Melbourne has an international reputation for food, culture, sport and as a great place to live. The Australian city was ranked 10th in the Economist Intelligence Unit’s Global Liveability Index 2022, a list it topped between 2011 and 2017. But perhaps less recognized is its position as one of Asia-Pacific’s leading science cities. According to an analysis of author affiliations in Nature Index, which measures output in 82 high-quality natural-science journals, it has retained its spot as Australia’s highest ranked city for scientific research, ahead of Sydney and Brisbane.
However, this success as a science hub has been tested in the past two-and-a-half years. Australia’s border closures during the pandemic denied the city what is most needed for international science: a steady flow of the best students and researchers from overseas. The loss of international students also restricted a core income stream for universities, making it even harder to fund and attract research talent.
Nature Index 2022 Science cities
These developments could be the greatest challenge faced by Melbourne since its establishment as a science hub, something that can be traced back more than a century. It was the birthplace of the Commonwealth Scientific and Industrial Research Organisation (CSIRO), the Australian government’s scientific research agency, which started life as the Advisory Council of Science and Industry in 1916. CSL, the biotechnology giant which is now one of Australia’s most valuable companies, was also founded in the city in 1916 as Commonwealth Serum Laboratories, originally a public body working closely at the time with the Royal Melbourne Hospital, and the Walter and Eliza Hall medical research institute. The University of Melbourne was founded even further back, in 1853, a few years after Australia’s oldest university, the University of Sydney.
Scientific investment in Melbourne continued throughout the twentieth and early twenty-first centuries. Since the 2000s, both state and federal governments have funded renowned scientific infrastructure in the city, including the Parkville biomedical precinct, where more than 10,000 medical researchers are based, and the Clayton area, surrounding Monash University. The former is home to the Aus$1 billion (US$630 million) Victorian Comprehensive Cancer Centre, the Bio21 Institute of Molecular Science and Biotechnology, and the Peter Doherty Institute for Infection and Immunity, which has received international attention for its work on COVID-19. The Clayton precinct surrounding Monash has a diverse range of academic and commercial research entities, including CSIRO and the Melbourne Centre for Nanofabrication, and is also home to 40% of Victoria’s manufacturing companies. It is also the site of the Australian Synchrotron, the largest particle accelerator in the Southern Hemisphere.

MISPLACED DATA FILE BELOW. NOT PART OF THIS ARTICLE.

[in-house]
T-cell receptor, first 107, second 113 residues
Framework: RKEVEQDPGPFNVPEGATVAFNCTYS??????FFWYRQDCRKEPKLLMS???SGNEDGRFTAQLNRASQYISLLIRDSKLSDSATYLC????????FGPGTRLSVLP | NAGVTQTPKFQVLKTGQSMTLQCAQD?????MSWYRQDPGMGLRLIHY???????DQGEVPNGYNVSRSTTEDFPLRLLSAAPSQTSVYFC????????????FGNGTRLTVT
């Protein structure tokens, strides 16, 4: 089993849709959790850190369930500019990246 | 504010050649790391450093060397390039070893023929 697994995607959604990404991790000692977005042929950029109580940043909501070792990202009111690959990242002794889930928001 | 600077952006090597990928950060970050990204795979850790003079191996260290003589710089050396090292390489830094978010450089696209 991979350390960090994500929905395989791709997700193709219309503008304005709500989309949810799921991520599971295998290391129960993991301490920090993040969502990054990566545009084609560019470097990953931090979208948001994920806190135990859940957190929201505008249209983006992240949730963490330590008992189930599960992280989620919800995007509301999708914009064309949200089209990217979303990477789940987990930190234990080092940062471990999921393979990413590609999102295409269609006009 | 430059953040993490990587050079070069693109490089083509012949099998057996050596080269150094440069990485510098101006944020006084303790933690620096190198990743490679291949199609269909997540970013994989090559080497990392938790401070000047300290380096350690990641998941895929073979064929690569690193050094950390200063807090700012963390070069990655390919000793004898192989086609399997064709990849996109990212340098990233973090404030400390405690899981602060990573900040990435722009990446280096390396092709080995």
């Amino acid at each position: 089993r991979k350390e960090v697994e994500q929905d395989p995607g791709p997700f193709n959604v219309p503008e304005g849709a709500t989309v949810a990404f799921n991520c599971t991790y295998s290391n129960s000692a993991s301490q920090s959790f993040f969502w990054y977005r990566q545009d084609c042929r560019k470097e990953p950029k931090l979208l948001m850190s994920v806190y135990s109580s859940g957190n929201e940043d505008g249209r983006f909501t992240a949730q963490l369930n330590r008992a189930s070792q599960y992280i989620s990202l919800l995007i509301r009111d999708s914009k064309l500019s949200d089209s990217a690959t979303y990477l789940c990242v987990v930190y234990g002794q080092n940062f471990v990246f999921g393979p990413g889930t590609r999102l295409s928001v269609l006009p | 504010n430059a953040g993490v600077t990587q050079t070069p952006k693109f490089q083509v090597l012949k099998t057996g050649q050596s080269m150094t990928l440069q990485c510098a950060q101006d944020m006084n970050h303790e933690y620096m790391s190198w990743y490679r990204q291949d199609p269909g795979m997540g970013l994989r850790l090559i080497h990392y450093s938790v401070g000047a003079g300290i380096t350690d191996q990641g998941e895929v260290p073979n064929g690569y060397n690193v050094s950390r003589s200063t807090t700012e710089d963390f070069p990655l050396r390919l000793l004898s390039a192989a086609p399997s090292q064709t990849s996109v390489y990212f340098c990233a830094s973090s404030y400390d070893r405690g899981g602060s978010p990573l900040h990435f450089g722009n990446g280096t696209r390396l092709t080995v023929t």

However, despite this wealth of scientific infrastructure, pandemic border closures and lengthy lockdowns have revealed the precarity of Melbourne’s, and Australia’s, research sector. Declining government funding for universities before the COVID-19 crisis had already led Australian academic institutions to increasingly rely on income from international students to subsidize research. The state of Victoria alone welcomed more than 200,000 international students each year before the pandemic struck, the vast majority of whom would have studied in Melbourne. But border closures in 2020 and 2021 led to the almost complete cessation of international student arrivals, and, amid falling revenue projections, universities across the country cut thousands of jobs. At the same time, the online migration of academic seminars and conferences has been a challenge for Australian-based researchers seeking international collaboration, with events tailored to audiences in Europe and America often taking place in the middle of the Australian night.
Melbourne still has many advantages over competitors for attracting and retaining scientific talent such as a high standard of living, a multicultural society, a strong track record of engagement with Asian scientific institutions, and competitive salaries. However, waning opportunities for research at the early and mid-career levels is driving some newly qualified scientists to leave Australia, a ‘brain drain’ that threatens to hinder the sector for a generation.
Australian federal government policy has also played a role in weakening universities. The conservative Liberal–National coalition government that led the country from 2013 until the election in May 2022 advanced a research agenda prioritizing commercialization and industry collaboration. At the same time, basic research funding has been neglected. Australia spends only 1.8% of GDP on research and development, according to 2019 figures from the Organisation for Economic Co-operation and Development (OECD), ranking 21st among OECD countries and well below the 2.5% average for the group. The previous federal government also angered universities by intervening in the competitive grants process, most recently with then acting education minister, Stuart Robert, vetoing six humanities applications on national interest grounds.
The new Australian Labor government has promised a renewed focus on scientific investment, but it is still too early to see how this translates into funding and policy priorities. As an attractive place to work and study with top-tier scientific facilities and strong international partnerships, Melbourne is well positioned to grow its reputation as a global city of science if it receives renewed attention. This, however, will demand a quick recovery from the impacts of the pandemic and strengthening of the university sector, especially in terms of support for the next generation of internationally engaged Australian scientists.
The author declares no competing interests.